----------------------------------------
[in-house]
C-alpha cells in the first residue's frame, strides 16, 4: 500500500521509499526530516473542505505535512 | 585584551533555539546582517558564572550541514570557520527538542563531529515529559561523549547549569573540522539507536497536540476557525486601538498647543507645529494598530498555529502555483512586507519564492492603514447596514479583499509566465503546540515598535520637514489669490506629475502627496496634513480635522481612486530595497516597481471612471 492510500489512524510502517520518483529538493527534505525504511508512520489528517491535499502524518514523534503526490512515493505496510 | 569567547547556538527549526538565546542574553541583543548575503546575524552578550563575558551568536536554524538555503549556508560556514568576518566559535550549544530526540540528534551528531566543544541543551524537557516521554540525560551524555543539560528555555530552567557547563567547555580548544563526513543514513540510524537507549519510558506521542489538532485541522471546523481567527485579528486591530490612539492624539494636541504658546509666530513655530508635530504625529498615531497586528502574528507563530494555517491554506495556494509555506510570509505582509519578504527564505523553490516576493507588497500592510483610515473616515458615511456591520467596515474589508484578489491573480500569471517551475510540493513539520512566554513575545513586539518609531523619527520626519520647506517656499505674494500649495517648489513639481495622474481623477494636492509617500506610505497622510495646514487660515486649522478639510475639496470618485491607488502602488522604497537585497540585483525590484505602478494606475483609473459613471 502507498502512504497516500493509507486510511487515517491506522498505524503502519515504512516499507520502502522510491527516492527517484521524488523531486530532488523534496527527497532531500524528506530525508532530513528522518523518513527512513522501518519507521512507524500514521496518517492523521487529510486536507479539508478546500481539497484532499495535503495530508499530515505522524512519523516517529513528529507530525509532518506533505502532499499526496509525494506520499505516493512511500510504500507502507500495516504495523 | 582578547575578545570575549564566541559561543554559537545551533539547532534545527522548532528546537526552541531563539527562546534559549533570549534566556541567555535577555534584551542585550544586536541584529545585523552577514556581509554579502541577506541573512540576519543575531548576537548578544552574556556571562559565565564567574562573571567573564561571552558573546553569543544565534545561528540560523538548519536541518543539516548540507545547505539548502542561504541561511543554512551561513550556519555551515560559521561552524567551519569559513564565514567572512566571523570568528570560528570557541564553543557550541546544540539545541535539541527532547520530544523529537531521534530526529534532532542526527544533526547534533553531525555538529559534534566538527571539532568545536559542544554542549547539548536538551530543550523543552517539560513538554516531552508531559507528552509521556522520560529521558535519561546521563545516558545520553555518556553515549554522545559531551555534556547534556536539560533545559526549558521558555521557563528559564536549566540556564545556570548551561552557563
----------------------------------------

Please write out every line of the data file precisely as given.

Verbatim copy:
[in-house]
C-alpha cells in the first residue's frame, strides 16, 4: 500500500521509499526530516473542505505535512 | 585584551533555539546582517558564572550541514570557520527538542563531529515529559561523549547549569573540522539507536497536540476557525486601538498647543507645529494598530498555529502555483512586507519564492492603514447596514479583499509566465503546540515598535520637514489669490506629475502627496496634513480635522481612486530595497516597481471612471 492510500489512524510502517520518483529538493527534505525504511508512520489528517491535499502524518514523534503526490512515493505496510 | 569567547547556538527549526538565546542574553541583543548575503546575524552578550563575558551568536536554524538555503549556508560556514568576518566559535550549544530526540540528534551528531566543544541543551524537557516521554540525560551524555543539560528555555530552567557547563567547555580548544563526513543514513540510524537507549519510558506521542489538532485541522471546523481567527485579528486591530490612539492624539494636541504658546509666530513655530508635530504625529498615531497586528502574528507563530494555517491554506495556494509555506510570509505582509519578504527564505523553490516576493507588497500592510483610515473616515458615511456591520467596515474589508484578489491573480500569471517551475510540493513539520512566554513575545513586539518609531523619527520626519520647506517656499505674494500649495517648489513639481495622474481623477494636492509617500506610505497622510495646514487660515486649522478639510475639496470618485491607488502602488522604497537585497540585483525590484505602478494606475483609473459613471 502507498502512504497516500493509507486510511487515517491506522498505524503502519515504512516499507520502502522510491527516492527517484521524488523531486530532488523534496527527497532531500524528506530525508532530513528522518523518513527512513522501518519507521512507524500514521496518517492523521487529510486536507479539508478546500481539497484532499495535503495530508499530515505522524512519523516517529513528529507530525509532518506533505502532499499526496509525494506520499505516493512511500510504500507502507500495516504495523 | 582578547575578545570575549564566541559561543554559537545551533539547532534545527522548532528546537526552541531563539527562546534559549533570549534566556541567555535577555534584551542585550544586536541584529545585523552577514556581509554579502541577506541573512540576519543575531548576537548578544552574556556571562559565565564567574562573571567573564561571552558573546553569543544565534545561528540560523538548519536541518543539516548540507545547505539548502542561504541561511543554512551561513550556519555551515560559521561552524567551519569559513564565514567572512566571523570568528570560528570557541564553543557550541546544540539545541535539541527532547520530544523529537531521534530526529534532532542526527544533526547534533553531525555538529559534534566538527571539532568545536559542544554542549547539548536538551530543550523543552517539560513538554516531552508531559507528552509521556522520560529521558535519561546521563545516558545520553555518556553515549554522545559531551555534556547534556536539560533545559526549558521558555521557563528559564536549566540556564545556570548551561552557563